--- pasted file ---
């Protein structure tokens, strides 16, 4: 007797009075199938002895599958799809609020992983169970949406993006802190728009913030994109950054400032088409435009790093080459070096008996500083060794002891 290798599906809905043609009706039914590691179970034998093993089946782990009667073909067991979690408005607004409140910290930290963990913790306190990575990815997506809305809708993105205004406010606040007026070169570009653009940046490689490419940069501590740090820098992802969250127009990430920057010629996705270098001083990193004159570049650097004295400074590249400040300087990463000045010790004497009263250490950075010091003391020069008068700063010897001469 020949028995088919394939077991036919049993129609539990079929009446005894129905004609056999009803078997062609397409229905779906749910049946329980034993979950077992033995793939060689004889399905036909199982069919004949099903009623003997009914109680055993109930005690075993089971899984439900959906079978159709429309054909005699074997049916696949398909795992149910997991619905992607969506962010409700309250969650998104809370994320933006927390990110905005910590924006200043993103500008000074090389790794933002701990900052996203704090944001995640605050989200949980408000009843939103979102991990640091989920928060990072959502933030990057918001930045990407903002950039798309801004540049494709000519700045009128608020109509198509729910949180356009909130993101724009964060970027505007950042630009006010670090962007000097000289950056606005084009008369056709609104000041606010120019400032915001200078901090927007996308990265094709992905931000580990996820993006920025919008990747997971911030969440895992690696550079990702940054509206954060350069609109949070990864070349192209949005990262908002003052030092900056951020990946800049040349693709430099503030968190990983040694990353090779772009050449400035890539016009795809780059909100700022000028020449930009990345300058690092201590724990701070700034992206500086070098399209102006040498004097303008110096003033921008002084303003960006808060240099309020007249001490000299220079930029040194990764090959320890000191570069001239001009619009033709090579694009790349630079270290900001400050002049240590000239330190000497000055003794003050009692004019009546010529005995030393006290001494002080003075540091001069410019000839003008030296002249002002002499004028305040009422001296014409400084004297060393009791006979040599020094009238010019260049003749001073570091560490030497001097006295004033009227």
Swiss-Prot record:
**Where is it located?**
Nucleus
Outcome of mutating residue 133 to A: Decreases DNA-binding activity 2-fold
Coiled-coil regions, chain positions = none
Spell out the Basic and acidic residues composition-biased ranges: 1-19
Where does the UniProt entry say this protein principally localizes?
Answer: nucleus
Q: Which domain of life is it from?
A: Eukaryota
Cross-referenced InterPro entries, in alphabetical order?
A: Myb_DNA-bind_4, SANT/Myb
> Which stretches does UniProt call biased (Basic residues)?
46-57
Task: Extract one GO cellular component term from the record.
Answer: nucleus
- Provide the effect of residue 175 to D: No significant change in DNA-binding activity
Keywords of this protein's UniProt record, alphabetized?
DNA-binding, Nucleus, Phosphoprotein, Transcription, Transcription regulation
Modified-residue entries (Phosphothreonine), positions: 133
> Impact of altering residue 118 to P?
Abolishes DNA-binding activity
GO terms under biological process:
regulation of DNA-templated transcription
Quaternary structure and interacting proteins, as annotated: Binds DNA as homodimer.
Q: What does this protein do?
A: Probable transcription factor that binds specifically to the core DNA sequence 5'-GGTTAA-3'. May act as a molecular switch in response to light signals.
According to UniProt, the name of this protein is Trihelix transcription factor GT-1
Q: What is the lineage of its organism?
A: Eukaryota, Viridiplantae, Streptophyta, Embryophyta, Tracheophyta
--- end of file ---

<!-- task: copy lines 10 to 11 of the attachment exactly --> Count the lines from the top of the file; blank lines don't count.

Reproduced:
Q: Which domain of life is it from?
A: Eukaryota